TO REACH THE MOON"Houston, Tranquility Base here. The Eagle has landed."
U.S. astronaut Neil Armstrong, on the Moon, 1969
After President Kennedy's call for human exploration of the Moon, nearly all of NASA's efforts in space turned toward the goal of a lunar landing.
Science missions were mounted to study the Moon in advance of human exploration. In the 1960s, Ranger, Surveyor and Lunar Orbiter spacecraft gathered data on the Moon by crashing into, landing on, and orbiting our nearest celestial neighbor. During these programs, thirteen robotic spacecraft transmitted detailed images of the Moon, probed the strength and composition of the lunar surface, and searched for landing sites for human explorers.
Concurrent with the scientific study of the Moon, human exploration of space began. Project Mercury, jumpstarted by astronaut Allan Shephard's suborbital flight in May 1961, and then the Gemini Program served as learning experiences in preparation for trips to the Moon. All of this effort fed into the Apollo Program, redefined and accelerated soon after President Kennedy's 1961 speech. Under Apollo, NASA took the final steps toward fulfilling Kennedy's bold commitment. On July 20, 1969, Apollo 11 astronaut Neil Armstrong walked on the Moon. Over the next three years a total of 12 Apollo astronauts explored portions of the airless, dusty moonscape. The last Apollo manned landing mission ended in December 1972.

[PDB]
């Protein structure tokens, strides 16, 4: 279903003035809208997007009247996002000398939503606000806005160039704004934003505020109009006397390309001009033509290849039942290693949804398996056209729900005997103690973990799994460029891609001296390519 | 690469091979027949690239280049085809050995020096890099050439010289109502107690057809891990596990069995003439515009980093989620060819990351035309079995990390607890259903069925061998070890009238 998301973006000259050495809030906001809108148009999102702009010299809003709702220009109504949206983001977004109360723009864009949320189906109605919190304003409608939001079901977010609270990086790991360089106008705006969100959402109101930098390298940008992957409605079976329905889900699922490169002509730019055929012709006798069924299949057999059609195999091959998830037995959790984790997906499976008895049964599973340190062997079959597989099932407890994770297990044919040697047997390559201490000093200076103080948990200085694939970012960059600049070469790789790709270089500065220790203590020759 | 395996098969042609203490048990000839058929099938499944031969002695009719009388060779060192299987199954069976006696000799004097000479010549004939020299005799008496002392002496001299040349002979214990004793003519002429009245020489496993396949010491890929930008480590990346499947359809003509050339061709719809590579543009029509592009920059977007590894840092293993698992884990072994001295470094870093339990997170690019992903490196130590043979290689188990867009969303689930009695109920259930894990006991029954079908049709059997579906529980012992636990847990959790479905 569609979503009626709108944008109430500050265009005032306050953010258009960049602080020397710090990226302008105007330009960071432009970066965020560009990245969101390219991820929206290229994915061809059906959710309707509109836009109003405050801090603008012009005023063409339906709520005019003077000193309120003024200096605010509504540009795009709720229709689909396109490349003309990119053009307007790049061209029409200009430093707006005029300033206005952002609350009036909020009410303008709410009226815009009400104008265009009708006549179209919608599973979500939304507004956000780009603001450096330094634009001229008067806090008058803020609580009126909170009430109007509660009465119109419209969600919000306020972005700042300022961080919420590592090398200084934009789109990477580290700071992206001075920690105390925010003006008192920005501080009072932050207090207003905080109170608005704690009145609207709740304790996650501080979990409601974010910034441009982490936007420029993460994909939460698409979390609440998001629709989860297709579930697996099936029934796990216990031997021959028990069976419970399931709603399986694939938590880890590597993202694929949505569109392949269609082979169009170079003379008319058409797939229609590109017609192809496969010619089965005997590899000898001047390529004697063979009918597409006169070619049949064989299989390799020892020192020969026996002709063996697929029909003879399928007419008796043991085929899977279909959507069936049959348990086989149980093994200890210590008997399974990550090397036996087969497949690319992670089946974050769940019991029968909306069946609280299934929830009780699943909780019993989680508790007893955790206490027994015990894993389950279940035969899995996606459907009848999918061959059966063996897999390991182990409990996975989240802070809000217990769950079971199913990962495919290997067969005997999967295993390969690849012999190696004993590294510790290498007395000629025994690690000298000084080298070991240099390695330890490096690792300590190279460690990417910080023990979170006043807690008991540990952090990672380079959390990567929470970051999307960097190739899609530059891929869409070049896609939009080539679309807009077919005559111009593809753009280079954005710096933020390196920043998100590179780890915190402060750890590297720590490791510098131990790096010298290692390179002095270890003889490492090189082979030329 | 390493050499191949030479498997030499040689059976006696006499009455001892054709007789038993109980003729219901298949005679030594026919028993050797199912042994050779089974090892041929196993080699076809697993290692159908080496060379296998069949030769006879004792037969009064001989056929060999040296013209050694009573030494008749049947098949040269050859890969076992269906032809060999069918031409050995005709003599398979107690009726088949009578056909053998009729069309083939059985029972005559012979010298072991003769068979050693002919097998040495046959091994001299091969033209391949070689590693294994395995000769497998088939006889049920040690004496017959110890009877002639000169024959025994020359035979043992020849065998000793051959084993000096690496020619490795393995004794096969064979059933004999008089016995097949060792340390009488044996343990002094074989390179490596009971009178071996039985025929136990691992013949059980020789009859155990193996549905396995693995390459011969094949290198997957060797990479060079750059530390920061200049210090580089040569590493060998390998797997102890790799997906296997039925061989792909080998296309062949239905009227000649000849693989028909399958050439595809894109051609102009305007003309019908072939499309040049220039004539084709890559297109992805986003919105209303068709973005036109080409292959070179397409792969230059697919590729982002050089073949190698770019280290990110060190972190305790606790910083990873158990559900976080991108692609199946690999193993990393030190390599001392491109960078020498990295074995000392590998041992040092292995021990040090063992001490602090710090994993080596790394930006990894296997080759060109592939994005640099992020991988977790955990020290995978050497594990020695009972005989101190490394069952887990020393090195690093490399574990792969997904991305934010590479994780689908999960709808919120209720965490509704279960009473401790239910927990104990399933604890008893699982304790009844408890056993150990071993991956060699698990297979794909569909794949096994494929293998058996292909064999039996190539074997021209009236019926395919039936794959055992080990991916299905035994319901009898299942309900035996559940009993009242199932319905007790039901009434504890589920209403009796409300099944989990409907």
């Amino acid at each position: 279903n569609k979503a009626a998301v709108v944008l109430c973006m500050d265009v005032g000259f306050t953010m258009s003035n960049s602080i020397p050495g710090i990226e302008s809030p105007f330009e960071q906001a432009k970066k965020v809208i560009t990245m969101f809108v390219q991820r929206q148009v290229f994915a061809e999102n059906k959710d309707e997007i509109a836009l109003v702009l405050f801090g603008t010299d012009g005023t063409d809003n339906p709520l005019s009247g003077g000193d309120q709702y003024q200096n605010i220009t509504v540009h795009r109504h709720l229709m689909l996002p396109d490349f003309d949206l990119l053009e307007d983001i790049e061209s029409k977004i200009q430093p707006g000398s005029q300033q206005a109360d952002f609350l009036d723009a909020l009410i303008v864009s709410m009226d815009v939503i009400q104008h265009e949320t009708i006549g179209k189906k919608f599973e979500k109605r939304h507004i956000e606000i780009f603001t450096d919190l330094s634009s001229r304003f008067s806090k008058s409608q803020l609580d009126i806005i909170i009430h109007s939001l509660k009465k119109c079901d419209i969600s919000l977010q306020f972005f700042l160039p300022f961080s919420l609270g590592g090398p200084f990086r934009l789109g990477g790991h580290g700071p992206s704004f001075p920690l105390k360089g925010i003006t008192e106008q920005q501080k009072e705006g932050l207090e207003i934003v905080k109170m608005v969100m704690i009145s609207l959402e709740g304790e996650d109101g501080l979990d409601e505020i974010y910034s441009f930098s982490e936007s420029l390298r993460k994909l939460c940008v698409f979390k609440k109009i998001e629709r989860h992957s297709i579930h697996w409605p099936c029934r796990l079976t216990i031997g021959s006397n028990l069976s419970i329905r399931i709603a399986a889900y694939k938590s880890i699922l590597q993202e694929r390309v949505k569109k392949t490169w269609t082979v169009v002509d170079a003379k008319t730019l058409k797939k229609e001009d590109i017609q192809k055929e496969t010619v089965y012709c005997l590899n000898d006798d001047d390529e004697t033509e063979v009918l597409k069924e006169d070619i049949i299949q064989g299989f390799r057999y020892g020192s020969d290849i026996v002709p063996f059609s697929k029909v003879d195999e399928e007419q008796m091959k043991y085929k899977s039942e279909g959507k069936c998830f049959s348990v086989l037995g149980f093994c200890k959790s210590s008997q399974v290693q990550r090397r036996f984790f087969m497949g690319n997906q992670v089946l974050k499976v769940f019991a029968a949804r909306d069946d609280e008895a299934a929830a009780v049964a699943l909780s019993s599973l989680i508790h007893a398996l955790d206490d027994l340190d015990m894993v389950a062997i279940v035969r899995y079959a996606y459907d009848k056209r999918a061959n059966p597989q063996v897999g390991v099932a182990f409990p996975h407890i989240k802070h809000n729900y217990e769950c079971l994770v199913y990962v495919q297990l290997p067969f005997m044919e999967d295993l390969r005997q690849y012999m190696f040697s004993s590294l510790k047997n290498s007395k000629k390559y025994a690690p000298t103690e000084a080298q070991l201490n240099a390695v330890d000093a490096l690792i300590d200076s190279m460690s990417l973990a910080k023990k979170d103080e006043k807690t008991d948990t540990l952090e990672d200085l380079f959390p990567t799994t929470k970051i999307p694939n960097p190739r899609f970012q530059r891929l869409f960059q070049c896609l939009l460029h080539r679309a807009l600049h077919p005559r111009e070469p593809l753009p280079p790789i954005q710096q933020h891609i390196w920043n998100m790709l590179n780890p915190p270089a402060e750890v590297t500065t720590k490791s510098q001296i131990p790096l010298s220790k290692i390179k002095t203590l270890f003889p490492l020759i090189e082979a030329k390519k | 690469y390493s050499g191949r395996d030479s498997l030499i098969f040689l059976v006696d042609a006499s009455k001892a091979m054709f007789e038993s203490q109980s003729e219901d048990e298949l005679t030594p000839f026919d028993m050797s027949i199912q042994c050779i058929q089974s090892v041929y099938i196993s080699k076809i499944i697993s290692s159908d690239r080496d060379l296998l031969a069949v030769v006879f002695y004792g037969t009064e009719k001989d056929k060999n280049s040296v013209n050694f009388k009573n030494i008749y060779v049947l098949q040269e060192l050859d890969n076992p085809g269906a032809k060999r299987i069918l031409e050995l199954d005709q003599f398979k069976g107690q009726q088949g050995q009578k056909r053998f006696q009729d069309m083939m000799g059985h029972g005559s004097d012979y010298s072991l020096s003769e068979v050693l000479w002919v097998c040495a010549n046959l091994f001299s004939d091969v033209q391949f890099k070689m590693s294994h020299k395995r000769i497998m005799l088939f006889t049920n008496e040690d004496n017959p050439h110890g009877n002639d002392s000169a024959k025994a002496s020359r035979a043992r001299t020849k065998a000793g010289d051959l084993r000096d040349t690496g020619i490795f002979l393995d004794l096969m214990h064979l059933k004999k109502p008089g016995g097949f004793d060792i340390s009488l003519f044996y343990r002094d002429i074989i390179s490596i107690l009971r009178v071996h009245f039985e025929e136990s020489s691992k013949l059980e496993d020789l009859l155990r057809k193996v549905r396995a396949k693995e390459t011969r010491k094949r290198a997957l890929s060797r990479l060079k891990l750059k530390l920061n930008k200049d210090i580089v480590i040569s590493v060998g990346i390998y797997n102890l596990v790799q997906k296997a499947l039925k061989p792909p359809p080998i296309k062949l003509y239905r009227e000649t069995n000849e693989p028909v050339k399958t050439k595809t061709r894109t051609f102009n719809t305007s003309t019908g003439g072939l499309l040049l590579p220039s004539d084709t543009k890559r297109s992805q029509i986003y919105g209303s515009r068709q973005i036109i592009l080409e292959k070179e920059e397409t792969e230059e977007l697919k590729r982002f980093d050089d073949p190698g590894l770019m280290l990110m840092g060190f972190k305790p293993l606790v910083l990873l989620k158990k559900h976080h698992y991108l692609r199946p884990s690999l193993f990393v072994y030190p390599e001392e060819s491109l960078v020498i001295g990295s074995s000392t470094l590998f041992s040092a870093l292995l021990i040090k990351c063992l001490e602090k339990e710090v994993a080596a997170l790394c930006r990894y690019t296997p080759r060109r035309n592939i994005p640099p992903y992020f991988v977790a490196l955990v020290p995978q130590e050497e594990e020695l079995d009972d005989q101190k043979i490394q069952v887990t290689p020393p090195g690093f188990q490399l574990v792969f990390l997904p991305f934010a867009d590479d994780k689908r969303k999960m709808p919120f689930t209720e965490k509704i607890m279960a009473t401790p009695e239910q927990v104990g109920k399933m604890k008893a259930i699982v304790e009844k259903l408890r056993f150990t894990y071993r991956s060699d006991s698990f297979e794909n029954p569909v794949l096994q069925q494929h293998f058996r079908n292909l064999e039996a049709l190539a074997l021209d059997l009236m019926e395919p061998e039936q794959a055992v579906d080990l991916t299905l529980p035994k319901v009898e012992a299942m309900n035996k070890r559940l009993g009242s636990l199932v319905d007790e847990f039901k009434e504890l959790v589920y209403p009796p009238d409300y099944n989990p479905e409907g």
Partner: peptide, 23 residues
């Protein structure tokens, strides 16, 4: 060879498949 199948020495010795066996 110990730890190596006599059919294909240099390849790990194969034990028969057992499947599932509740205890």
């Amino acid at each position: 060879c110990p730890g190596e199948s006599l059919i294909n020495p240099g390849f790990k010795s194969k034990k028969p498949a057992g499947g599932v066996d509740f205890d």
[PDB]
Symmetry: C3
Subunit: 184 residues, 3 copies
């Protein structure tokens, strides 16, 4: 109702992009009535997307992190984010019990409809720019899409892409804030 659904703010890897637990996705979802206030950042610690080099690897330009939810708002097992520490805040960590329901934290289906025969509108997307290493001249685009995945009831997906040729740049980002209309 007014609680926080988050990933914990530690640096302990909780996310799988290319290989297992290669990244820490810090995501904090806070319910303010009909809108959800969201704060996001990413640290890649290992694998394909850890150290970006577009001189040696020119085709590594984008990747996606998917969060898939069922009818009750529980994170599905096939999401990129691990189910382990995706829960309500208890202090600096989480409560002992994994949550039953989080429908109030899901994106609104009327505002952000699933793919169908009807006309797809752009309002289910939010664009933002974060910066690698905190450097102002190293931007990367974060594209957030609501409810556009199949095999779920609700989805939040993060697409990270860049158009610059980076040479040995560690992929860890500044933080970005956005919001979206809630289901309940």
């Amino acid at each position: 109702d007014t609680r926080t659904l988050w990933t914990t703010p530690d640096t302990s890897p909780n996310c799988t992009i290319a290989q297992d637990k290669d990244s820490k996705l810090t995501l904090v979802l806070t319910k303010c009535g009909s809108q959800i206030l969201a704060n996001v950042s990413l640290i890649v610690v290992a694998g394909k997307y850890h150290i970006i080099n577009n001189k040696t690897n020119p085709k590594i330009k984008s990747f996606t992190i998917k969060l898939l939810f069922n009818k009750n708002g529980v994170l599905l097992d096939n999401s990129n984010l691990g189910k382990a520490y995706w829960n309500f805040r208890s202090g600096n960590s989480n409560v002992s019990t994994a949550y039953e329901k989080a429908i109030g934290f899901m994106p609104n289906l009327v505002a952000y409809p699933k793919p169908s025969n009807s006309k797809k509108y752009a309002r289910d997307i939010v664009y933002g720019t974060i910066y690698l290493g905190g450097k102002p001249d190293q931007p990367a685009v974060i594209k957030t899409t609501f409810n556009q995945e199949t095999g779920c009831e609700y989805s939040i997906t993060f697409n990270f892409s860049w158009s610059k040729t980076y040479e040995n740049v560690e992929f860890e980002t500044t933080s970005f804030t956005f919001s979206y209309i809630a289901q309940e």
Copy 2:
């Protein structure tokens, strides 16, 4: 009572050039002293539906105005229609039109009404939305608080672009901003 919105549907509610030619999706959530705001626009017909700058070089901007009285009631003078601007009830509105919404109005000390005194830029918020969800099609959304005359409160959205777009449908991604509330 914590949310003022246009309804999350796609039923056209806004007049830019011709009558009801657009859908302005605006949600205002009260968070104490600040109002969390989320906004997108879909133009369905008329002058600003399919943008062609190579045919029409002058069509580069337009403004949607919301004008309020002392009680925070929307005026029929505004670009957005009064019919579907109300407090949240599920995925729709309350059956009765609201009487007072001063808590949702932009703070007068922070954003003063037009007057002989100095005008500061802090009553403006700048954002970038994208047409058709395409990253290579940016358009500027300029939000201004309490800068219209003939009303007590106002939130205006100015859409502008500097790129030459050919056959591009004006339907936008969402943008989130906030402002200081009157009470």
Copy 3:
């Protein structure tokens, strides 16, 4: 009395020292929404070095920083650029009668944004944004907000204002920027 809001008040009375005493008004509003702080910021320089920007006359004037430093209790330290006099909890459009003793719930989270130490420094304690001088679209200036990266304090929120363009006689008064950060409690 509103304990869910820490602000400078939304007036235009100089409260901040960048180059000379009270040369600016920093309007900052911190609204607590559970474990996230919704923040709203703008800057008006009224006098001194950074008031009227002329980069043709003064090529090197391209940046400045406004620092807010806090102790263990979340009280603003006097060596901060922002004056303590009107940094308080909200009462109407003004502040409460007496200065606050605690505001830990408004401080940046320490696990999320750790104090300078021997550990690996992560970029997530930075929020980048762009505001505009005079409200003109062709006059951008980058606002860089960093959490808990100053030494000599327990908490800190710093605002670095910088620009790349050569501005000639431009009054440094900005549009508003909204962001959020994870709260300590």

MANAGING THE MOON JOURNEY
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